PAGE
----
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Small Lot Development Loophole Closed

City of Seattle Seal

On Monday, September 10, the Council unanimously approved Council Bill 117572, an emergency ordinance to close a loophole in the City’s Land Use Code that allowed developers to build large houses on very small lots by manipulating lot lines intended for tax purposes.  These lots are not platted or identified in property records, and do not show up on land use or real estate maps.  In one case a developer built a three-story house on a lot of only 1050 square feet.

Contrary to some of the misinformation that is circulating about this legislation, it does not prevent development on all small lots, and will not affect the ability of property owners who have platted small lots that have at least 50% of the square footage of the underlying zoning standard to proceed with constructing houses.  The ordinance will make some changes in development standards, and will close a loophole in the City code to prevent new substandard lots from being created in a random manner.

The emergency ordinance is a rarely-used procedure in which the Council can act quickly to provide a short term fix (stopping problem activities) while it considers legislation for a long-term solution; in this case, land use standards that make sense on very small single family lots.  Emergency ordinances are defined under State law, and expire after one year.  The Council took this unusual step to ensure that developers did not try to apply for permits under the existing regulations, thereby allowing problematic developments to continue using lot lines that were not intended for development purposes.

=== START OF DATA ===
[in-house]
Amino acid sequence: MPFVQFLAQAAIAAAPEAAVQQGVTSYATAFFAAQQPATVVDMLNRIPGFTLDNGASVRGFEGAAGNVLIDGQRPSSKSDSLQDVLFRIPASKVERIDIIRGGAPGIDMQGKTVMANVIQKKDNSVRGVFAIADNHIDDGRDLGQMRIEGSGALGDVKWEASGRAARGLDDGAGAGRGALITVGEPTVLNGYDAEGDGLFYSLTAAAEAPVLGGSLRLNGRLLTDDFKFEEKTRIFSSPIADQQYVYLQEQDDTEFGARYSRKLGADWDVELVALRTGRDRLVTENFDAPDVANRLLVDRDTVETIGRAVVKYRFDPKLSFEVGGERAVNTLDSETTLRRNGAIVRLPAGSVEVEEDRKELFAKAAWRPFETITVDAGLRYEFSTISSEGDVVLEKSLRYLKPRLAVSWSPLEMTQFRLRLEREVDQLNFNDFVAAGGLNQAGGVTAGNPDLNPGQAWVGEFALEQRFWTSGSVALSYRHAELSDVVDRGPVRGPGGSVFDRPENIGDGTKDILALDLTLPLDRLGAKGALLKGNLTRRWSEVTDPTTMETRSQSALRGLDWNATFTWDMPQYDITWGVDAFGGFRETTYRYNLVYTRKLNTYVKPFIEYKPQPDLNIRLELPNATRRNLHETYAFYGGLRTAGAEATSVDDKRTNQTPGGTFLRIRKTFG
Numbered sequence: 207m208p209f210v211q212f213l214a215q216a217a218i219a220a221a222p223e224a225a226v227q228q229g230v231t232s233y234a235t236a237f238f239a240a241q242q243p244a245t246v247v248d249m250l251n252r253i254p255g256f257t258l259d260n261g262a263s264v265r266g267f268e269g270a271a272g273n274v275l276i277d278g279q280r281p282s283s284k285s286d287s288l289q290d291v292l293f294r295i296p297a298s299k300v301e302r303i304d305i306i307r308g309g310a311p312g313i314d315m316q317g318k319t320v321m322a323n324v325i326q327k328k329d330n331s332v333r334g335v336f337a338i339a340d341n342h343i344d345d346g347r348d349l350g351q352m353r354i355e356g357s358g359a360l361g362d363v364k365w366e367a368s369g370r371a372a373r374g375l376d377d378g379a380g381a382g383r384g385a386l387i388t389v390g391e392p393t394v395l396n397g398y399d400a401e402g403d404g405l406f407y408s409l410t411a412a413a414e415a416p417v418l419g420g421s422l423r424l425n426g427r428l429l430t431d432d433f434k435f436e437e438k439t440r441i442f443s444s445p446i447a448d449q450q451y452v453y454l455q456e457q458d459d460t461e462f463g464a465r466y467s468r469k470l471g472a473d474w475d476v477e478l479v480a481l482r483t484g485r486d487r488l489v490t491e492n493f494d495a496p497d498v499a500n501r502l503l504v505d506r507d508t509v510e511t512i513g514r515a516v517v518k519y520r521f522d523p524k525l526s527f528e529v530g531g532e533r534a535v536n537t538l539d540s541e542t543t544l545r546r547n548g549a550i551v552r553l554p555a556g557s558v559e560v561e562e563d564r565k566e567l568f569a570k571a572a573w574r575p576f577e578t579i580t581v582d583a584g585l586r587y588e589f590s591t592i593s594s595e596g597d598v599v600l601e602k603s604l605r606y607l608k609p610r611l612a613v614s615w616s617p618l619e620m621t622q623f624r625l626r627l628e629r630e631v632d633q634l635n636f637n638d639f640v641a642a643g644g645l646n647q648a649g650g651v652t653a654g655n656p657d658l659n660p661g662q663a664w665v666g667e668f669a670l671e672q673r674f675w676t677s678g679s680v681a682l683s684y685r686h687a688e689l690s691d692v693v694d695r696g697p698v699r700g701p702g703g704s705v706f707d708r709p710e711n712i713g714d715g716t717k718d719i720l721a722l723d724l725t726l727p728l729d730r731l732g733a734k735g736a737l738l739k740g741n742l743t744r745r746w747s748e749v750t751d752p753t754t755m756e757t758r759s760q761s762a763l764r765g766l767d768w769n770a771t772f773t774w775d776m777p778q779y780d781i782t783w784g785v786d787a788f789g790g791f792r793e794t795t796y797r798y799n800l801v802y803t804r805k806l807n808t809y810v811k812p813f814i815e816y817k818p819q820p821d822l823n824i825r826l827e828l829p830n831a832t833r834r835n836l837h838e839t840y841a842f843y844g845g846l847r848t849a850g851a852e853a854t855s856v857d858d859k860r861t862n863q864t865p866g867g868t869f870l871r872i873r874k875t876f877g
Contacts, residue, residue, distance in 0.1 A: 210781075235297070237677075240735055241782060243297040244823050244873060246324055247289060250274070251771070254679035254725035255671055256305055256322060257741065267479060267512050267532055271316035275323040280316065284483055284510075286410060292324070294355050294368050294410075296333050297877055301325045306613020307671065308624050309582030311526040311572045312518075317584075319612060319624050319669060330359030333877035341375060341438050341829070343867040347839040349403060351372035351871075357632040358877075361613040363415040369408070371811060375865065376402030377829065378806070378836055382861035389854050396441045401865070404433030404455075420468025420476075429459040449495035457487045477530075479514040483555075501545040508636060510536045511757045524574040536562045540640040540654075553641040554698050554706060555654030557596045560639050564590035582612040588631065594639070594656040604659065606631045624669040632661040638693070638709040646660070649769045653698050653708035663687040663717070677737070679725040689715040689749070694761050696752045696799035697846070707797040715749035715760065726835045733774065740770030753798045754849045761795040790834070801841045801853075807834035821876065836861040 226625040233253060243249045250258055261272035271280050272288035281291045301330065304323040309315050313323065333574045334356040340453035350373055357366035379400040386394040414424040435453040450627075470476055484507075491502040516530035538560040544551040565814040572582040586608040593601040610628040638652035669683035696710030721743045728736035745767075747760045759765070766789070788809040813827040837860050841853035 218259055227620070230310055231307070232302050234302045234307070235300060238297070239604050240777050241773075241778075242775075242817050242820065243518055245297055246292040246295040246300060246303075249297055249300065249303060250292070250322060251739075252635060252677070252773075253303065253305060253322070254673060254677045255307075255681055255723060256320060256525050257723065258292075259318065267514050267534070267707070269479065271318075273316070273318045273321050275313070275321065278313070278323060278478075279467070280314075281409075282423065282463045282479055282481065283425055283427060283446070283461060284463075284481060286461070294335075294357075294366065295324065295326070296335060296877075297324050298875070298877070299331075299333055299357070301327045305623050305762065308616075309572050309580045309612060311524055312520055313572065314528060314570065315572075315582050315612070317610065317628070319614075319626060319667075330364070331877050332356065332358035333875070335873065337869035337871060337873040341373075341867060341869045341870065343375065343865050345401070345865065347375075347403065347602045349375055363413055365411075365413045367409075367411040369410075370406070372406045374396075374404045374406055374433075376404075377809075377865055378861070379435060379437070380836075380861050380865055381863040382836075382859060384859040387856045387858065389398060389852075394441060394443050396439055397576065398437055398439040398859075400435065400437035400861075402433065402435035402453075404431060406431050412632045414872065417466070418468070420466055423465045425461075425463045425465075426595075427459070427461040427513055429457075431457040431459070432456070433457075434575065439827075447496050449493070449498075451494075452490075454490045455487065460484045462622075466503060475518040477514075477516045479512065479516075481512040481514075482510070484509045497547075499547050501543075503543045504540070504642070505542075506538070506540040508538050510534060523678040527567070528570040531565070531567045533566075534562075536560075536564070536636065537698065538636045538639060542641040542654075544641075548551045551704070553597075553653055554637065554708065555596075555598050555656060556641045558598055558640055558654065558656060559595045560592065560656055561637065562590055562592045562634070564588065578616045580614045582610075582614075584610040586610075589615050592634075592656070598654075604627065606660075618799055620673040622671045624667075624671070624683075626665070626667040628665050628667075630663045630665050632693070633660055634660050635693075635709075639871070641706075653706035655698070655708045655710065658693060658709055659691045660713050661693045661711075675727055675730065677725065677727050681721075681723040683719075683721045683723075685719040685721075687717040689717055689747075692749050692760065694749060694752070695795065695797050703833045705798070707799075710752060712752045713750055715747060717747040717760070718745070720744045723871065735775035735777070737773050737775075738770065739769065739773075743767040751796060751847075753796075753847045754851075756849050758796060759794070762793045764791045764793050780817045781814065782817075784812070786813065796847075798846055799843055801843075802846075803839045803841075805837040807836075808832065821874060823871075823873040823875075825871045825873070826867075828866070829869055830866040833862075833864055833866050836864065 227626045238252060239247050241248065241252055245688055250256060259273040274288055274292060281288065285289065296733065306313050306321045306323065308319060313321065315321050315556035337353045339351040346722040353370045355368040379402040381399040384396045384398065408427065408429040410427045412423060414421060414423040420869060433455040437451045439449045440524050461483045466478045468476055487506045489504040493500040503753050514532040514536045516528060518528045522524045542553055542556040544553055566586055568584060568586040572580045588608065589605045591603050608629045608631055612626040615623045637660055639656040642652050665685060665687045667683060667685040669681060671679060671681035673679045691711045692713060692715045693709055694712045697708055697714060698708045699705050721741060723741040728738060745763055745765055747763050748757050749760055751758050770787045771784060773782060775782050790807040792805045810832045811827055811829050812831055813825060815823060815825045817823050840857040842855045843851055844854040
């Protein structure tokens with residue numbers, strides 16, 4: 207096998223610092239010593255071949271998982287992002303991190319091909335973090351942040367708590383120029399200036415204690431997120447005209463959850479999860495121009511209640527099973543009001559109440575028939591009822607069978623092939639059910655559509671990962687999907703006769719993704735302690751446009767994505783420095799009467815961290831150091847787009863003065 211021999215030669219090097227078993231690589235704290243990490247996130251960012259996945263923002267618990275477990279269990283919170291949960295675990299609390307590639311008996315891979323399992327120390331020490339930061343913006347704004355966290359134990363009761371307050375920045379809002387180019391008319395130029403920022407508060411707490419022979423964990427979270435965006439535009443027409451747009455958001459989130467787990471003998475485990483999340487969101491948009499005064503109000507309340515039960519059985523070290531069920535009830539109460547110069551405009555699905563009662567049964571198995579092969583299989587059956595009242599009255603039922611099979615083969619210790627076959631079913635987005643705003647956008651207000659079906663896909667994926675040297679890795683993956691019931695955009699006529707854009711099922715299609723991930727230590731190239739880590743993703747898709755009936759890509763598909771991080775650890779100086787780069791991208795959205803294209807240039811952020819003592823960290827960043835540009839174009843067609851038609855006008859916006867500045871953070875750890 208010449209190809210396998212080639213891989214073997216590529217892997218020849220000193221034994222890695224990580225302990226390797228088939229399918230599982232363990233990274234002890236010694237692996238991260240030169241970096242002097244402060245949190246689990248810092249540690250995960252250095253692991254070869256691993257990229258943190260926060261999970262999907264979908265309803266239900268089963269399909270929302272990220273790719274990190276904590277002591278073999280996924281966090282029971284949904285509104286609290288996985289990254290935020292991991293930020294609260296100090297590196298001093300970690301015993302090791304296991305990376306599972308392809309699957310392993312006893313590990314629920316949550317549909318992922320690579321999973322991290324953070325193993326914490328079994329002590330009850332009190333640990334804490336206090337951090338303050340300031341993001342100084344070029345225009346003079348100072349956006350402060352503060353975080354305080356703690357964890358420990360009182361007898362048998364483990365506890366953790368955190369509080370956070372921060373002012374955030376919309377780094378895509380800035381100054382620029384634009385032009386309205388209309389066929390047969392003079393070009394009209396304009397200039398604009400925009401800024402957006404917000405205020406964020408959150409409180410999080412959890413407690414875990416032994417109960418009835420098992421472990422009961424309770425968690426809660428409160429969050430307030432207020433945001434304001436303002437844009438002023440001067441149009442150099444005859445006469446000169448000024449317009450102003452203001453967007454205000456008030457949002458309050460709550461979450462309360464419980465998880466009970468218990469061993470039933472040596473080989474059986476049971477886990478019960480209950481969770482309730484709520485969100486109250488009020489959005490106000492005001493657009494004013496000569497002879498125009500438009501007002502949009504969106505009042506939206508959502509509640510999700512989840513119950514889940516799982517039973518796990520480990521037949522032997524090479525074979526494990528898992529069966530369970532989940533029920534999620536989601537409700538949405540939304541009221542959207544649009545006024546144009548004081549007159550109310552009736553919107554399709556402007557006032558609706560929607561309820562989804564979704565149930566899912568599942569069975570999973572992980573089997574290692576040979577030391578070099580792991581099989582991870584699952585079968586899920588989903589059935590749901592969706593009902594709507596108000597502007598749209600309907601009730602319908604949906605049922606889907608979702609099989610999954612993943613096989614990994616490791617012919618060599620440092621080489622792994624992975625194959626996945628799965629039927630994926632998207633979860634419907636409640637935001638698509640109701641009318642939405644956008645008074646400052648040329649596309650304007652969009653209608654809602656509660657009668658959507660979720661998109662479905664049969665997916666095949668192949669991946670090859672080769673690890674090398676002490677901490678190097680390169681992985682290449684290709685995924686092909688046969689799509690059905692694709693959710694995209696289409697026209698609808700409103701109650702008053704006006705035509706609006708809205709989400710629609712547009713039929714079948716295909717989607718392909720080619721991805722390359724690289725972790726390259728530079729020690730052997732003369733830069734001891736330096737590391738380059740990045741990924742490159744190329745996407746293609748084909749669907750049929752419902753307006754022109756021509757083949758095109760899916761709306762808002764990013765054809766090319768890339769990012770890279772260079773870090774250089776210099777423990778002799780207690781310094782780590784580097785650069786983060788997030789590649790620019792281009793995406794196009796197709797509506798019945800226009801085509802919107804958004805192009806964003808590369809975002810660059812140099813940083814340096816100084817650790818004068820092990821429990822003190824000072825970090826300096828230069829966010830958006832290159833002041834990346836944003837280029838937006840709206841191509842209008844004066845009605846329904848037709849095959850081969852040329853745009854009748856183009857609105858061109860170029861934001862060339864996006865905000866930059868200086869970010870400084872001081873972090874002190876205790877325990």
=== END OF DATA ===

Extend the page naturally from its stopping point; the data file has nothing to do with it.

This issue came to our attention earlier this summer, when we learned from community groups that some developers were using an obscure provision of City code that allows lots that are well below minimum lot size requirements to be used for infill development. These substandard lots, often times well below 3,000 square feet, were generally created before 1957 for tax purposes.  In some cases these lots were actually created by mistake when lot descriptions on more than one line were transcribed from hand-written records as two separate lots.  Others had been intended to be erased by new plats or subdivisions that established legally developable lots.  When the Council adopted minimum lot size standards in 1957 and again in 1982, they allowed these lots to be “grandfathered” as legal nonconforming lots while the City developed new regulations; this allowed people that owned these lots time to develop them and recoup their investment within a reasonable time period.

Unfortunately, there was no expiration date on the grandfathering clause, and recently some developers have rediscovered it and are using it to create housing that is not compatible with neighboring single family houses.   Community members from a number of neighborhoods called this to our attention, and created a website at www.onehomeperlot.com  They pointed out to us that, despite a small number of these occurring on a yearly basis, there is a software package planned for release in October that will allow these substandard lots to be identified quickly and easily.  That means that we could see many more in the near future if we do not take immediate action.